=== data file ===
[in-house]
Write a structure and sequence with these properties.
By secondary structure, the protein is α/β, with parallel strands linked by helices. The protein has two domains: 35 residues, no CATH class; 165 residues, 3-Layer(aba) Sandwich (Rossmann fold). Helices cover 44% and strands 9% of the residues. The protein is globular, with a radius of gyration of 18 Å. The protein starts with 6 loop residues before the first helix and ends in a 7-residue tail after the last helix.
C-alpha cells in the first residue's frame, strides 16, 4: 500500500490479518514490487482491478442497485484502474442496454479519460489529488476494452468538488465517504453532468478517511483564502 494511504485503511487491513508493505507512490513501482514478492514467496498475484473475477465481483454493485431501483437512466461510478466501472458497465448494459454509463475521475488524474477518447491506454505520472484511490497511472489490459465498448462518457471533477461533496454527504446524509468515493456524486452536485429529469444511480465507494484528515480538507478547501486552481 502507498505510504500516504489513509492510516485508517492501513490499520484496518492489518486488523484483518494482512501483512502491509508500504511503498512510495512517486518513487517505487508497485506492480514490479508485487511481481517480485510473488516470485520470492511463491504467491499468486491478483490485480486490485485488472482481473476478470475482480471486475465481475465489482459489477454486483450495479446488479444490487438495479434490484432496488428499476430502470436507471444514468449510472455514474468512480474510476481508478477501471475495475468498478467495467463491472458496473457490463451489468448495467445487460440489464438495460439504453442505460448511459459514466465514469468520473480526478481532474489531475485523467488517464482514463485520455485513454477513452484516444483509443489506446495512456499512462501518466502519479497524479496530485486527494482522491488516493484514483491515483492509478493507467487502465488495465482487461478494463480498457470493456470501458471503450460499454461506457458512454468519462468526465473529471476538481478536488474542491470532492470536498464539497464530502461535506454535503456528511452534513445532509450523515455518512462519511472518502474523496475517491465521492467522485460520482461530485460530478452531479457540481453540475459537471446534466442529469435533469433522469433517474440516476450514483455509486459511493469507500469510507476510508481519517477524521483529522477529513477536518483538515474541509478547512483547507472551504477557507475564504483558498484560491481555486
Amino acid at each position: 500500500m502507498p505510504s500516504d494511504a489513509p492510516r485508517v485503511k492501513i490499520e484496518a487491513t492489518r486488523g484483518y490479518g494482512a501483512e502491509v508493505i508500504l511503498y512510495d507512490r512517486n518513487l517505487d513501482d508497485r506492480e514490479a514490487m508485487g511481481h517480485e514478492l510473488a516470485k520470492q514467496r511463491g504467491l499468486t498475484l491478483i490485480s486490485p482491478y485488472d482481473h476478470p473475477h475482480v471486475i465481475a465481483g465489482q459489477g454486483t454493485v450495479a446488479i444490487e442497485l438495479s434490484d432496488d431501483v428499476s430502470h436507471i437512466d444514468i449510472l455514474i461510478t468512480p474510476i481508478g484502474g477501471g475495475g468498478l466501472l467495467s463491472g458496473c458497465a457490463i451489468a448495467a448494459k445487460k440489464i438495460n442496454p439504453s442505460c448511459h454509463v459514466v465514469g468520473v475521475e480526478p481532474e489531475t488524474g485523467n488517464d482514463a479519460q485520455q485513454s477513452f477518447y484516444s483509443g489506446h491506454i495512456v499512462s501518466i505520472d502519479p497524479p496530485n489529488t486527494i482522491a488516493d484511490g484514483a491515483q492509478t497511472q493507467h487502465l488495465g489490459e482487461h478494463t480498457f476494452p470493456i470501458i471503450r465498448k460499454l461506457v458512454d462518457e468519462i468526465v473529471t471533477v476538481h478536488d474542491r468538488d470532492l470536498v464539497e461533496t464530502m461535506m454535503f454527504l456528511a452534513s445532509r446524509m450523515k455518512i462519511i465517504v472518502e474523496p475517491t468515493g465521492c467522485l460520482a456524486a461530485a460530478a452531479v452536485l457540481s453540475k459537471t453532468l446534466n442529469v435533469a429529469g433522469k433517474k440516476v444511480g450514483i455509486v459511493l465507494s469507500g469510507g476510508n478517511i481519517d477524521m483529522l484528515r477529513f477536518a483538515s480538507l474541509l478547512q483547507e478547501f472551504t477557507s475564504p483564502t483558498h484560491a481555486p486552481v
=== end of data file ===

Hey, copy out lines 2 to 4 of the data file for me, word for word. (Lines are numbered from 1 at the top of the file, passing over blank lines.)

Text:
Write a structure and sequence with these properties.
By secondary structure, the protein is α/β, with parallel strands linked by helices. The protein has two domains: 35 residues, no CATH class; 165 residues, 3-Layer(aba) Sandwich (Rossmann fold). Helices cover 44% and strands 9% of the residues. The protein is globular, with a radius of gyration of 18 Å. The protein starts with 6 loop residues before the first helix and ends in a 7-residue tail after the last helix.
C-alpha cells in the first residue's frame, strides 16, 4: 500500500490479518514490487482491478442497485484502474442496454479519460489529488476494452468538488465517504453532468478517511483564502 494511504485503511487491513508493505507512490513501482514478492514467496498475484473475477465481483454493485431501483437512466461510478466501472458497465448494459454509463475521475488524474477518447491506454505520472484511490497511472489490459465498448462518457471533477461533496454527504446524509468515493456524486452536485429529469444511480465507494484528515480538507478547501486552481 502507498505510504500516504489513509492510516485508517492501513490499520484496518492489518486488523484483518494482512501483512502491509508500504511503498512510495512517486518513487517505487508497485506492480514490479508485487511481481517480485510473488516470485520470492511463491504467491499468486491478483490485480486490485485488472482481473476478470475482480471486475465481475465489482459489477454486483450495479446488479444490487438495479434490484432496488428499476430502470436507471444514468449510472455514474468512480474510476481508478477501471475495475468498478467495467463491472458496473457490463451489468448495467445487460440489464438495460439504453442505460448511459459514466465514469468520473480526478481532474489531475485523467488517464482514463485520455485513454477513452484516444483509443489506446495512456499512462501518466502519479497524479496530485486527494482522491488516493484514483491515483492509478493507467487502465488495465482487461478494463480498457470493456470501458471503450460499454461506457458512454468519462468526465473529471476538481478536488474542491470532492470536498464539497464530502461535506454535503456528511452534513445532509450523515455518512462519511472518502474523496475517491465521492467522485460520482461530485460530478452531479457540481453540475459537471446534466442529469435533469433522469433517474440516476450514483455509486459511493469507500469510507476510508481519517477524521483529522477529513477536518483538515474541509478547512483547507472551504477557507475564504483558498484560491481555486